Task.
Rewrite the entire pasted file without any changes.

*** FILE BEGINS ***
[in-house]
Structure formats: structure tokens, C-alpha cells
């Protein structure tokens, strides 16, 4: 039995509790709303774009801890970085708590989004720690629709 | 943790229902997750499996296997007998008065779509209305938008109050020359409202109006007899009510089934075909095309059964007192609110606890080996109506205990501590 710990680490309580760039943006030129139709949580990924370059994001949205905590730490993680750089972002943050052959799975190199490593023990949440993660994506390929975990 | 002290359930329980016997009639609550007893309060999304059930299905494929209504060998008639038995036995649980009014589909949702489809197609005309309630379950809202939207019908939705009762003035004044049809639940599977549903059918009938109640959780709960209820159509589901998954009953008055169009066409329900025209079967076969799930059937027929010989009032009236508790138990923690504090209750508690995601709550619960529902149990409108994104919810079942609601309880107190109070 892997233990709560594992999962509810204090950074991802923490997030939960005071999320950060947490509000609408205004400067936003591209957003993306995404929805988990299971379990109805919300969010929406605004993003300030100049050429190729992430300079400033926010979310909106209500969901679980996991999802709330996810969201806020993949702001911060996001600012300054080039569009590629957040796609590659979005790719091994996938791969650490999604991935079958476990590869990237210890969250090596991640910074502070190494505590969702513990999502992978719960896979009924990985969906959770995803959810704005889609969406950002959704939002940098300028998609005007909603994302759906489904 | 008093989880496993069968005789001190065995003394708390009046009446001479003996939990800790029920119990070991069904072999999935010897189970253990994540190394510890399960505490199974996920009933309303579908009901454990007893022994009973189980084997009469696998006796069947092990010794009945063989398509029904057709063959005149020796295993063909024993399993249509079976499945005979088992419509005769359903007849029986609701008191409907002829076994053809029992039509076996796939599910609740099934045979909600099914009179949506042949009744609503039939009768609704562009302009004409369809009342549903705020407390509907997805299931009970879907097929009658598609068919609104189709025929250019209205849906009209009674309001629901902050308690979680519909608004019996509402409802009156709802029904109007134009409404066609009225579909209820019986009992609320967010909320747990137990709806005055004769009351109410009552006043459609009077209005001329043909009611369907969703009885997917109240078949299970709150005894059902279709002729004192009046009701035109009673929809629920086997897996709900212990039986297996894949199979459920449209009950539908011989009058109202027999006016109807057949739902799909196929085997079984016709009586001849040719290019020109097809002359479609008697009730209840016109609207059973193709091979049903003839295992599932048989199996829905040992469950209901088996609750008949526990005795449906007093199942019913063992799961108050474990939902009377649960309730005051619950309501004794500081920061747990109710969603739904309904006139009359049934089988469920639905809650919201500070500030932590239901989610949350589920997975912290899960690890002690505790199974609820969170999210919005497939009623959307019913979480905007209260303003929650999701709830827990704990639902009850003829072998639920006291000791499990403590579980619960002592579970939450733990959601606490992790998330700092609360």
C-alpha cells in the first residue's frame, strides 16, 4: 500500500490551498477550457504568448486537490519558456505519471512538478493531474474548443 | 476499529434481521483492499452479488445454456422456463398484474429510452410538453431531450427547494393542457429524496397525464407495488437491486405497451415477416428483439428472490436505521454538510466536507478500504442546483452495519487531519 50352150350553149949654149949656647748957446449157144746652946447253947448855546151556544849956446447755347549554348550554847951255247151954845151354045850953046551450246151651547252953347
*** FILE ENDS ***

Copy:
[in-house]
Structure formats: structure tokens, C-alpha cells
């Protein structure tokens, strides 16, 4: 039995509790709303774009801890970085708590989004720690629709 | 943790229902997750499996296997007998008065779509209305938008109050020359409202109006007899009510089934075909095309059964007192609110606890080996109506205990501590 710990680490309580760039943006030129139709949580990924370059994001949205905590730490993680750089972002943050052959799975190199490593023990949440993660994506390929975990 | 002290359930329980016997009639609550007893309060999304059930299905494929209504060998008639038995036995649980009014589909949702489809197609005309309630379950809202939207019908939705009762003035004044049809639940599977549903059918009938109640959780709960209820159509589901998954009953008055169009066409329900025209079967076969799930059937027929010989009032009236508790138990923690504090209750508690995601709550619960529902149990409108994104919810079942609601309880107190109070 892997233990709560594992999962509810204090950074991802923490997030939960005071999320950060947490509000609408205004400067936003591209957003993306995404929805988990299971379990109805919300969010929406605004993003300030100049050429190729992430300079400033926010979310909106209500969901679980996991999802709330996810969201806020993949702001911060996001600012300054080039569009590629957040796609590659979005790719091994996938791969650490999604991935079958476990590869990237210890969250090596991640910074502070190494505590969702513990999502992978719960896979009924990985969906959770995803959810704005889609969406950002959704939002940098300028998609005007909603994302759906489904 | 008093989880496993069968005789001190065995003394708390009046009446001479003996939990800790029920119990070991069904072999999935010897189970253990994540190394510890399960505490199974996920009933309303579908009901454990007893022994009973189980084997009469696998006796069947092990010794009945063989398509029904057709063959005149020796295993063909024993399993249509079976499945005979088992419509005769359903007849029986609701008191409907002829076994053809029992039509076996796939599910609740099934045979909600099914009179949506042949009744609503039939009768609704562009302009004409369809009342549903705020407390509907997805299931009970879907097929009658598609068919609104189709025929250019209205849906009209009674309001629901902050308690979680519909608004019996509402409802009156709802029904109007134009409404066609009225579909209820019986009992609320967010909320747990137990709806005055004769009351109410009552006043459609009077209005001329043909009611369907969703009885997917109240078949299970709150005894059902279709002729004192009046009701035109009673929809629920086997897996709900212990039986297996894949199979459920449209009950539908011989009058109202027999006016109807057949739902799909196929085997079984016709009586001849040719290019020109097809002359479609008697009730209840016109609207059973193709091979049903003839295992599932048989199996829905040992469950209901088996609750008949526990005795449906007093199942019913063992799961108050474990939902009377649960309730005051619950309501004794500081920061747990109710969603739904309904006139009359049934089988469920639905809650919201500070500030932590239901989610949350589920997975912290899960690890002690505790199974609820969170999210919005497939009623959307019913979480905007209260303003929650999701709830827990704990639902009850003829072998639920006291000791499990403590579980619960002592579970939450733990959601606490992790998330700092609360």
C-alpha cells in the first residue's frame, strides 16, 4: 500500500490551498477550457504568448486537490519558456505519471512538478493531474474548443 | 476499529434481521483492499452479488445454456422456463398484474429510452410538453431531450427547494393542457429524496397525464407495488437491486405497451415477416428483439428472490436505521454538510466536507478500504442546483452495519487531519 50352150350553149949654149949656647748957446449157144746652946447253947448855546151556544849956446447755347549554348550554847951255247151954845151354045850953046551450246151651547252953347